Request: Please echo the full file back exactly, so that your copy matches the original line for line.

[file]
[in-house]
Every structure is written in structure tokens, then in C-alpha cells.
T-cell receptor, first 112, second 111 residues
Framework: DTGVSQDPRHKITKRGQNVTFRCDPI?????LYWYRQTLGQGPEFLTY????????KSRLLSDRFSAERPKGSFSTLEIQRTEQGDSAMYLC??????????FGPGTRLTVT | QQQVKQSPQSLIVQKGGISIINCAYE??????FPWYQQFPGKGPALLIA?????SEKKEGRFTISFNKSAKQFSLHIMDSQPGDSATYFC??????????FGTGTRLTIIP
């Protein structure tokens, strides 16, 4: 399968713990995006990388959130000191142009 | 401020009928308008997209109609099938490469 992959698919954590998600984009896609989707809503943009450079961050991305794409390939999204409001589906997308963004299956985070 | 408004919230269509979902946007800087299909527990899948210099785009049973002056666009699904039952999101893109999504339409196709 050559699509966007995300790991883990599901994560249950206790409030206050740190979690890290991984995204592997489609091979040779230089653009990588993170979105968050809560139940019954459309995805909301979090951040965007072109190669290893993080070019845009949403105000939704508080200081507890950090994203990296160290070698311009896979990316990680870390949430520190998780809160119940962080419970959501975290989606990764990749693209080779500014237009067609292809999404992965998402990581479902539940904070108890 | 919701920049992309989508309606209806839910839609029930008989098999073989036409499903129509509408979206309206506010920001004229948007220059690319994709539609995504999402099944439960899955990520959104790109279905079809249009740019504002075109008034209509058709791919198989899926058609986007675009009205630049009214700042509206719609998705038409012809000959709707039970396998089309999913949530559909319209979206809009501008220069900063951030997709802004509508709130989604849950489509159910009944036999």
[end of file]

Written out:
[in-house]
Every structure is written in structure tokens, then in C-alpha cells.
T-cell receptor, first 112, second 111 residues
Framework: DTGVSQDPRHKITKRGQNVTFRCDPI?????LYWYRQTLGQGPEFLTY????????KSRLLSDRFSAERPKGSFSTLEIQRTEQGDSAMYLC??????????FGPGTRLTVT | QQQVKQSPQSLIVQKGGISIINCAYE??????FPWYQQFPGKGPALLIA?????SEKKEGRFTISFNKSAKQFSLHIMDSQPGDSATYFC??????????FGTGTRLTIIP
């Protein structure tokens, strides 16, 4: 399968713990995006990388959130000191142009 | 401020009928308008997209109609099938490469 992959698919954590998600984009896609989707809503943009450079961050991305794409390939999204409001589906997308963004299956985070 | 408004919230269509979902946007800087299909527990899948210099785009049973002056666009699904039952999101893109999504339409196709 050559699509966007995300790991883990599901994560249950206790409030206050740190979690890290991984995204592997489609091979040779230089653009990588993170979105968050809560139940019954459309995805909301979090951040965007072109190669290893993080070019845009949403105000939704508080200081507890950090994203990296160290070698311009896979990316990680870390949430520190998780809160119940962080419970959501975290989606990764990749693209080779500014237009067609292809999404992965998402990581479902539940904070108890 | 919701920049992309989508309606209806839910839609029930008989098999073989036409499903129509509408979206309206506010920001004229948007220059690319994709539609995504999402099944439960899955990520959104790109279905079809249009740019504002075109008034209509058709791919198989899926058609986007675009009205630049009214700042509206719609998705038409012809000959709707039970396998089309999913949530559909319209979206809009501008220069900063951030997709802004509508709130989604849950489509159910009944036999």